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Home E-Weekly October 1, 2020

New Thinking in Airway Management

Published: October 1, 2020

Video laryngoscopes shine as surgical facilities try to keep both patients and providers safe.

VIEW FROM AFAR VIEW FROM AFAR Video laryngoscopes allow anesthesia providers to intubate patients at a safer distance than the traditional direct approach.

Intubating patients has never been easy, but the presence of a dangerous aerosolized virus has changed the calculus of this delicate and dangerous procedure. After all, anesthesia providers work inches from patient airways to insert laryngoscopes, putting them in the direct path of the airborne coronavirus particles of an infected patient. In addition to the other potential complications of this procedure, there's an added focus on protecting clinicians from patients who might have the virus during intubations.

"COVID-19 has complicated airway management," says Michael Aziz, MD, a professor of anesthesiology and medicine at Oregon Health & Science University in Portland. "Providers must protect themselves with several layers of PPE, which makes the job more physically demanding. Communication is hampered and visualization is more difficult."

Roxanne McMurray, DNP, APRN, CRNA, a clinical assistant professor at the University of Minnesota School of Nursing in Minneapolis, characterizes the pandemic as a reset for anesthesia. "Providers must be more vigilant when securing the airway," she says. "The current challenges will force us to up our game, and that's a good thing."

Rudimentary boxes and shields have been fashioned to protect anesthesia providers during the pandemic, but it’s the usage of video laryngoscopes that might prove to be the lasting difference. Previously viewed by many providers as a luxury or an emergency-use tool for difficult airways, video laryngoscopes now are increasingly becoming standard tools. "The devices were gaining a stronger foothold because clinical evidence shows higher rates of first pass intubation success," says Dr. Aziz. "Some providers had already been using them universally. Many who weren't are now discovering the benefits they provide."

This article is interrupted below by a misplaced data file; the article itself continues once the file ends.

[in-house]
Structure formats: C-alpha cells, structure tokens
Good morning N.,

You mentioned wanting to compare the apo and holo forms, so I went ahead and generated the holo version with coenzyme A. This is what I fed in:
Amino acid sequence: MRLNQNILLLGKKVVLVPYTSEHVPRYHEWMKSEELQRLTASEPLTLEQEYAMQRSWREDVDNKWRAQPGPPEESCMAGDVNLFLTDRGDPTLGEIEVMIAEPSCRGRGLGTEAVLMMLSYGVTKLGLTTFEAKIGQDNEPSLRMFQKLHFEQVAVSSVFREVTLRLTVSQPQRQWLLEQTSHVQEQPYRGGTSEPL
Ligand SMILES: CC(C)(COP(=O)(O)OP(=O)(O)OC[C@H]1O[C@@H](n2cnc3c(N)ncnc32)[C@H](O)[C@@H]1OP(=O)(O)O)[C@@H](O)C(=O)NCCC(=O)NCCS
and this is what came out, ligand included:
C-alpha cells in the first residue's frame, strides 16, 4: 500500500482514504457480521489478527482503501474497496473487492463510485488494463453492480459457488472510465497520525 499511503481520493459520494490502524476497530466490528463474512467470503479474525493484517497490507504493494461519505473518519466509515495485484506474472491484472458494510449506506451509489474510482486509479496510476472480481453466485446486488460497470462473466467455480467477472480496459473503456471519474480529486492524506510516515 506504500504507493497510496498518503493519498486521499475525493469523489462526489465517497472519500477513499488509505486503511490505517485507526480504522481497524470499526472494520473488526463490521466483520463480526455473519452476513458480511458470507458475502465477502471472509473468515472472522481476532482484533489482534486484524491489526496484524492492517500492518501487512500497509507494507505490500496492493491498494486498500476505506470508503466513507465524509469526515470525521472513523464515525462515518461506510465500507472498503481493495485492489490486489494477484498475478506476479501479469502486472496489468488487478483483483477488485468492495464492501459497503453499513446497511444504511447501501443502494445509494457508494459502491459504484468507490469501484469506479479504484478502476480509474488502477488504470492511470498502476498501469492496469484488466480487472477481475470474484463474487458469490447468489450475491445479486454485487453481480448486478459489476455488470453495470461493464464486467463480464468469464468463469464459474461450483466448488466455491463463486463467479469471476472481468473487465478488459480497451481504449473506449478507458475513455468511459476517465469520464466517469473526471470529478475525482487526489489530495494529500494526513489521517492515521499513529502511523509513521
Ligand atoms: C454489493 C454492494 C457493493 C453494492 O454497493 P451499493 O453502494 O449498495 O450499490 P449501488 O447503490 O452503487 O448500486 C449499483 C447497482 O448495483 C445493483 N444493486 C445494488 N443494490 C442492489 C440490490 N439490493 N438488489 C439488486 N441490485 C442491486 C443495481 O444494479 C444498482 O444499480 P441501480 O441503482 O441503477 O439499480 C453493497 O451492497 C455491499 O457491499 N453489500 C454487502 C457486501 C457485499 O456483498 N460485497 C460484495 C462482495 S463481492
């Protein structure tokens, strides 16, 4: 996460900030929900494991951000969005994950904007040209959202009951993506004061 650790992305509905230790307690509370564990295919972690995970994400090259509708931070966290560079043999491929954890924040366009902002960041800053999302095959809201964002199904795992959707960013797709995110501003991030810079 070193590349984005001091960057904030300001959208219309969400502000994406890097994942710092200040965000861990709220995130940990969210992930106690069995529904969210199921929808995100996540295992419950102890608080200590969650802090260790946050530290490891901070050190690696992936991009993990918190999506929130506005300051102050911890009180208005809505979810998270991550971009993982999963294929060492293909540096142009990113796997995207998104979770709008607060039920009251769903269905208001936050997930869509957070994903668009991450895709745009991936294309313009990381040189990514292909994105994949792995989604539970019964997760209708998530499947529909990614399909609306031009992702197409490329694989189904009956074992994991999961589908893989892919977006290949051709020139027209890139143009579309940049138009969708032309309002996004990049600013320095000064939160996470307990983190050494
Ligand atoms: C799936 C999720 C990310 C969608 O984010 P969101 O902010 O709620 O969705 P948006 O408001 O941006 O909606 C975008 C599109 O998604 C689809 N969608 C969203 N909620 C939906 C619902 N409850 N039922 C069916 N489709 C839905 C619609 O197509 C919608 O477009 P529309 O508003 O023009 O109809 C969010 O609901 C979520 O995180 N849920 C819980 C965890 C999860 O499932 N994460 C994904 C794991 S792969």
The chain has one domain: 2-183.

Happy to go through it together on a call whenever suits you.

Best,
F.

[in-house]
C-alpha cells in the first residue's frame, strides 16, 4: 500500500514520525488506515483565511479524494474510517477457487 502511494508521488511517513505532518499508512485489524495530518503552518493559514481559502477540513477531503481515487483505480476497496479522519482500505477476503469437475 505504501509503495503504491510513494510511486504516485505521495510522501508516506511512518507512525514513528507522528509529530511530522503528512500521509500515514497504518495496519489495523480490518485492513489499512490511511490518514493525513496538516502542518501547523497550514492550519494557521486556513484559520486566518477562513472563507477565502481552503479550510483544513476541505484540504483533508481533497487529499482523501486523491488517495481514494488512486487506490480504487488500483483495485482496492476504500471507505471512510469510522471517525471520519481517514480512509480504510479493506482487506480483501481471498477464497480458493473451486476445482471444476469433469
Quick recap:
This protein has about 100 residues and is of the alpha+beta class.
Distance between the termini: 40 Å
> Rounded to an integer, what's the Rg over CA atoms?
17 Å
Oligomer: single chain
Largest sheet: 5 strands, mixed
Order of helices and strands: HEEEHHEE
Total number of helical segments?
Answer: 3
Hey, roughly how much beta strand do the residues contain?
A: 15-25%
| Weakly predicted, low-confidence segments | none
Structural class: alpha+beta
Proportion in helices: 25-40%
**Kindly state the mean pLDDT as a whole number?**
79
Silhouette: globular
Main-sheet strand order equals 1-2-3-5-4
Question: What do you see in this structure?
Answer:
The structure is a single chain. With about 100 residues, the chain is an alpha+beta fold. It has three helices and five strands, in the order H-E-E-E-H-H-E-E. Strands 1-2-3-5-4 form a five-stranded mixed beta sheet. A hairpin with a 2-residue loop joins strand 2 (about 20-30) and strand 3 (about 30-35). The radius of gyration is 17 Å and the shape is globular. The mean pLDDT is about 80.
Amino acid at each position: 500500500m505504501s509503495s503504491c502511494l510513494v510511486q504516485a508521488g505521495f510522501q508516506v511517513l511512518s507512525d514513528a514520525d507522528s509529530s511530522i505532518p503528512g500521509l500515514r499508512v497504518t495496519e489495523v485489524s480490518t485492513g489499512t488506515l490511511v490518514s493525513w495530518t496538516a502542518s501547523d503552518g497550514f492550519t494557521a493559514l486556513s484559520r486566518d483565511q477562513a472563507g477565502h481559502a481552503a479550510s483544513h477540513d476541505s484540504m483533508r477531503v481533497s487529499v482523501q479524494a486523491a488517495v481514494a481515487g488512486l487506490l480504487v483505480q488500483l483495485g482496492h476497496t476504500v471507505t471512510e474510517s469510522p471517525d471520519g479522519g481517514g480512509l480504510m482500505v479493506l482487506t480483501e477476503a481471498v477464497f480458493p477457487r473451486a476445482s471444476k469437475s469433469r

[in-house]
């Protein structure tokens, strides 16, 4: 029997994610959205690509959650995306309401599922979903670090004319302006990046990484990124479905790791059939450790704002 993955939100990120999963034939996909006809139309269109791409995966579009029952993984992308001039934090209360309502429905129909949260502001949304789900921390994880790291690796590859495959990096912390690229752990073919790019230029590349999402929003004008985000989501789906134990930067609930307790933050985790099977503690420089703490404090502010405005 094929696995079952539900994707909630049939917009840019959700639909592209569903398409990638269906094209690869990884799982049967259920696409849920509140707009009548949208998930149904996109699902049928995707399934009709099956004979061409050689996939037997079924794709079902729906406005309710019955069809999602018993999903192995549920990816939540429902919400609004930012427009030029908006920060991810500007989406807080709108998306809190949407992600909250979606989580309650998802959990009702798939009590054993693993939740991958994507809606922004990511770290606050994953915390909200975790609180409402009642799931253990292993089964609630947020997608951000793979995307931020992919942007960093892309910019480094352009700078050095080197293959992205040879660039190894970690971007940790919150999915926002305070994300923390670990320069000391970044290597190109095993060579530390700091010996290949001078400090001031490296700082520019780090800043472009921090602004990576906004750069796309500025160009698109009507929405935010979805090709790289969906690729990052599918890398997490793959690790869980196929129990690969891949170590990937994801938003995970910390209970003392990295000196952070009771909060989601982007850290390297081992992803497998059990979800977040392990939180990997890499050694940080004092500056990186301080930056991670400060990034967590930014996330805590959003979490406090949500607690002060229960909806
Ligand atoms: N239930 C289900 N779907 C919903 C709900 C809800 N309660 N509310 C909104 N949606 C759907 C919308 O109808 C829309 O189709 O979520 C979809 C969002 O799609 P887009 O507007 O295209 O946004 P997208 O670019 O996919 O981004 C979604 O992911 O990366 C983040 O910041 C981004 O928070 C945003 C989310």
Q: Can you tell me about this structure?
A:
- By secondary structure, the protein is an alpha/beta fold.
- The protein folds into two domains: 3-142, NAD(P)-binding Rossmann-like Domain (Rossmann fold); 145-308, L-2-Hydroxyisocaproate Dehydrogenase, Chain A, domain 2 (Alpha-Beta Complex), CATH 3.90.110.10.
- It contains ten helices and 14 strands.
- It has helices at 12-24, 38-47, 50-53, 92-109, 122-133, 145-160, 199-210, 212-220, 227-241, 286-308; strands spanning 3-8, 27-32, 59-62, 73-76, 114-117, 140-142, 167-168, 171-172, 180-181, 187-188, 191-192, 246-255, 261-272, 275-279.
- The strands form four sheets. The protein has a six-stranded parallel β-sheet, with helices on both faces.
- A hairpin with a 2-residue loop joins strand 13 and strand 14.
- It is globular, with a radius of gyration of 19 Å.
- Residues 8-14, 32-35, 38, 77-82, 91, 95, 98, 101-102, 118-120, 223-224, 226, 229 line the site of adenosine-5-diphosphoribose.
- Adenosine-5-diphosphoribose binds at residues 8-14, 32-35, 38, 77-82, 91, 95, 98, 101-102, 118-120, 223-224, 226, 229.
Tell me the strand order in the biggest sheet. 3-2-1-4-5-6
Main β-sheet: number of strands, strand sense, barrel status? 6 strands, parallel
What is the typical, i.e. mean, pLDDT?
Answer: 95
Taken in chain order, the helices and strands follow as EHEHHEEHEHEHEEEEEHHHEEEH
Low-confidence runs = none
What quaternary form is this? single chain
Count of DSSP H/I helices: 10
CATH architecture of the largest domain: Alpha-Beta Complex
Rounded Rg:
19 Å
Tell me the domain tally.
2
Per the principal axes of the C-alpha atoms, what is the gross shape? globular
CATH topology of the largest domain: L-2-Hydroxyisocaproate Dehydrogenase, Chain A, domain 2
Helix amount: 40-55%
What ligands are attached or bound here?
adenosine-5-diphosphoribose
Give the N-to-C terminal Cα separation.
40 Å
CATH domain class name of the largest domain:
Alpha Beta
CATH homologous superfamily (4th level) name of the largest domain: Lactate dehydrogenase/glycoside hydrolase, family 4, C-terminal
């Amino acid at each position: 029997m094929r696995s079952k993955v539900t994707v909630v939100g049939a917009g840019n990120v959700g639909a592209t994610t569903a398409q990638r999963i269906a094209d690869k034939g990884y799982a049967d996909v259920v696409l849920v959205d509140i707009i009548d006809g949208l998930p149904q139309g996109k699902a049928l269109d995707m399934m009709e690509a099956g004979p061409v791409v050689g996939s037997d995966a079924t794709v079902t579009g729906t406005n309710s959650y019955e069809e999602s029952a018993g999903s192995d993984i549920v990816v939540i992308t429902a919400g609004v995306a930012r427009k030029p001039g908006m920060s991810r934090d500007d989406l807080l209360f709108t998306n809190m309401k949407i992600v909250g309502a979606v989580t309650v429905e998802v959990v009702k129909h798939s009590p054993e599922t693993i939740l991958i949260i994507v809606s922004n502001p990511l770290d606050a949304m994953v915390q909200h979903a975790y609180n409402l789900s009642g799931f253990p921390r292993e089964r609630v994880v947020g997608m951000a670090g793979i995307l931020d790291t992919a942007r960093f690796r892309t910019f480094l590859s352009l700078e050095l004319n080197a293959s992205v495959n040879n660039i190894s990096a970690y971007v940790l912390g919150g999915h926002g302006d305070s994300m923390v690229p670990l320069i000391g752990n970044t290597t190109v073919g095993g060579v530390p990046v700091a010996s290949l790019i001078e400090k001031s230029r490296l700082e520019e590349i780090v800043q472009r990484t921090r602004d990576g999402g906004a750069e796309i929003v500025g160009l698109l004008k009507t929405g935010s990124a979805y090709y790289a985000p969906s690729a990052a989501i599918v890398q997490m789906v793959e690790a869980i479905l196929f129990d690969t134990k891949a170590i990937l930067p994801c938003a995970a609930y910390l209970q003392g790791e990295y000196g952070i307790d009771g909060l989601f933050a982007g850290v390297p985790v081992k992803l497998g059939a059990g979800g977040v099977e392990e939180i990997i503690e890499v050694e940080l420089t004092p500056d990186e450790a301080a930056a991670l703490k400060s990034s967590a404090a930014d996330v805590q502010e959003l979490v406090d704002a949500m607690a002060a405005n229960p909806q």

Video laryngoscopes remove the need for the anesthesia provider to put their face directly over the patient to visualize the airway. The provider enjoys a direct view of the glottis from a safer distance to make intubation much easier. These products have been around for about a decade, and they have become more ergonomic and portable over the years, adding high-definition video along the way. They can also accommodate various laryngoscope blade designs.

For Dr. Aziz, screen size and location matter most in a video laryngoscope. "Units with smaller, attached screens are priced competitively, but the visualization and magnification capabilities afforded by larger screens allow for improved intubation performance," he says. "Video laryngoscopes with separate monitors that can be positioned next to the patient let providers stand upright while intubating instead of leaning directly over the airway to perform direct laryngoscopy or manipulate a video laryngoscope with an integrated screen."

As a result of COVID-19, the day may soon come when direct intubations are a relic of the past. "I still teach direct laryngoscopy to new nurse anesthetists, but video laryngoscopes are fabulous tools," says Dr. McMurray. "There's no doubt video laryngoscopy is developing into the standard of care."

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